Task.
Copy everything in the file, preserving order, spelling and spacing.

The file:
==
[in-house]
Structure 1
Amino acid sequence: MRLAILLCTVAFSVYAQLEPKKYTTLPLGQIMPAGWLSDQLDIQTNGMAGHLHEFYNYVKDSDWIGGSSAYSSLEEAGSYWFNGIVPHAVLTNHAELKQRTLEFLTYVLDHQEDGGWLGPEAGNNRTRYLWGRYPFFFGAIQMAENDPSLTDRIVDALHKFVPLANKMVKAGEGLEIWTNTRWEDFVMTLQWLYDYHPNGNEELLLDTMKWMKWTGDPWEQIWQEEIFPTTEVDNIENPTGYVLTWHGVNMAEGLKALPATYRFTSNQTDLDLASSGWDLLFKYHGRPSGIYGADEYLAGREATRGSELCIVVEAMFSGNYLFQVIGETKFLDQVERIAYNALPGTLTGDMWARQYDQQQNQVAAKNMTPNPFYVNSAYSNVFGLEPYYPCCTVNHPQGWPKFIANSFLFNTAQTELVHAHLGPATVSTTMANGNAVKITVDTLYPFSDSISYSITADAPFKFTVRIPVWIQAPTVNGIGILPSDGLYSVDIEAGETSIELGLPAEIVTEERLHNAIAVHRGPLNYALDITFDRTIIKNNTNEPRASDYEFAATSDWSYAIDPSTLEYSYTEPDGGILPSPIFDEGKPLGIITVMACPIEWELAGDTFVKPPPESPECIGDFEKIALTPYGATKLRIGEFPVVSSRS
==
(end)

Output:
[in-house]
Structure 1
Amino acid sequence: MRLAILLCTVAFSVYAQLEPKKYTTLPLGQIMPAGWLSDQLDIQTNGMAGHLHEFYNYVKDSDWIGGSSAYSSLEEAGSYWFNGIVPHAVLTNHAELKQRTLEFLTYVLDHQEDGGWLGPEAGNNRTRYLWGRYPFFFGAIQMAENDPSLTDRIVDALHKFVPLANKMVKAGEGLEIWTNTRWEDFVMTLQWLYDYHPNGNEELLLDTMKWMKWTGDPWEQIWQEEIFPTTEVDNIENPTGYVLTWHGVNMAEGLKALPATYRFTSNQTDLDLASSGWDLLFKYHGRPSGIYGADEYLAGREATRGSELCIVVEAMFSGNYLFQVIGETKFLDQVERIAYNALPGTLTGDMWARQYDQQQNQVAAKNMTPNPFYVNSAYSNVFGLEPYYPCCTVNHPQGWPKFIANSFLFNTAQTELVHAHLGPATVSTTMANGNAVKITVDTLYPFSDSISYSITADAPFKFTVRIPVWIQAPTVNGIGILPSDGLYSVDIEAGETSIELGLPAEIVTEERLHNAIAVHRGPLNYALDITFDRTIIKNNTNEPRASDYEFAATSDWSYAIDPSTLEYSYTEPDGGILPSPIFDEGKPLGIITVMACPIEWELAGDTFVKPPPESPECIGDFEKIALTPYGATKLRIGEFPVVSSRS